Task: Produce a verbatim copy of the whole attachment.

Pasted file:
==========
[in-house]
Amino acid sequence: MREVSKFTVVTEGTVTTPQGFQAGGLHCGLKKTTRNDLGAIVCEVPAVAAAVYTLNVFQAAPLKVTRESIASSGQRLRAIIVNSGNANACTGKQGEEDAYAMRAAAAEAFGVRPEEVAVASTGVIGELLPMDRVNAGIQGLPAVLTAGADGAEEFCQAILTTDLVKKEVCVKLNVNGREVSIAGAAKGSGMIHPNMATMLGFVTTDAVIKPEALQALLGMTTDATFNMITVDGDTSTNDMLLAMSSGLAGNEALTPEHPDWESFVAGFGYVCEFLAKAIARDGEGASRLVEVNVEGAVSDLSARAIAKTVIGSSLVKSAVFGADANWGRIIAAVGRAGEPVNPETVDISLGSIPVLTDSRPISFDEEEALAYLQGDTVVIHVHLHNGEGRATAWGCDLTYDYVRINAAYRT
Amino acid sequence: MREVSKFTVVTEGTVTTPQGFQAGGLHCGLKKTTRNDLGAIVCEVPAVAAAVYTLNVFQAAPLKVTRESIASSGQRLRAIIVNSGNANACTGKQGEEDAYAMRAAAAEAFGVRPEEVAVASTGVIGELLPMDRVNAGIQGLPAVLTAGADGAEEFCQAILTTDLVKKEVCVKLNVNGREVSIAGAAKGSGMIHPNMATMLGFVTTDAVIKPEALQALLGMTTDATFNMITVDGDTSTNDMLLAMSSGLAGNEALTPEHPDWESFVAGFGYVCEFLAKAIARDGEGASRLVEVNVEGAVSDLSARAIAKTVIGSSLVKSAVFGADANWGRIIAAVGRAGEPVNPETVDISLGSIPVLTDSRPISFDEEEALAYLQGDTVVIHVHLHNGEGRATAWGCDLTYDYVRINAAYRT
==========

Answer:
[in-house]
Amino acid sequence: MREVSKFTVVTEGTVTTPQGFQAGGLHCGLKKTTRNDLGAIVCEVPAVAAAVYTLNVFQAAPLKVTRESIASSGQRLRAIIVNSGNANACTGKQGEEDAYAMRAAAAEAFGVRPEEVAVASTGVIGELLPMDRVNAGIQGLPAVLTAGADGAEEFCQAILTTDLVKKEVCVKLNVNGREVSIAGAAKGSGMIHPNMATMLGFVTTDAVIKPEALQALLGMTTDATFNMITVDGDTSTNDMLLAMSSGLAGNEALTPEHPDWESFVAGFGYVCEFLAKAIARDGEGASRLVEVNVEGAVSDLSARAIAKTVIGSSLVKSAVFGADANWGRIIAAVGRAGEPVNPETVDISLGSIPVLTDSRPISFDEEEALAYLQGDTVVIHVHLHNGEGRATAWGCDLTYDYVRINAAYRT
Amino acid sequence: MREVSKFTVVTEGTVTTPQGFQAGGLHCGLKKTTRNDLGAIVCEVPAVAAAVYTLNVFQAAPLKVTRESIASSGQRLRAIIVNSGNANACTGKQGEEDAYAMRAAAAEAFGVRPEEVAVASTGVIGELLPMDRVNAGIQGLPAVLTAGADGAEEFCQAILTTDLVKKEVCVKLNVNGREVSIAGAAKGSGMIHPNMATMLGFVTTDAVIKPEALQALLGMTTDATFNMITVDGDTSTNDMLLAMSSGLAGNEALTPEHPDWESFVAGFGYVCEFLAKAIARDGEGASRLVEVNVEGAVSDLSARAIAKTVIGSSLVKSAVFGADANWGRIIAAVGRAGEPVNPETVDISLGSIPVLTDSRPISFDEEEALAYLQGDTVVIHVHLHNGEGRATAWGCDLTYDYVRINAAYRT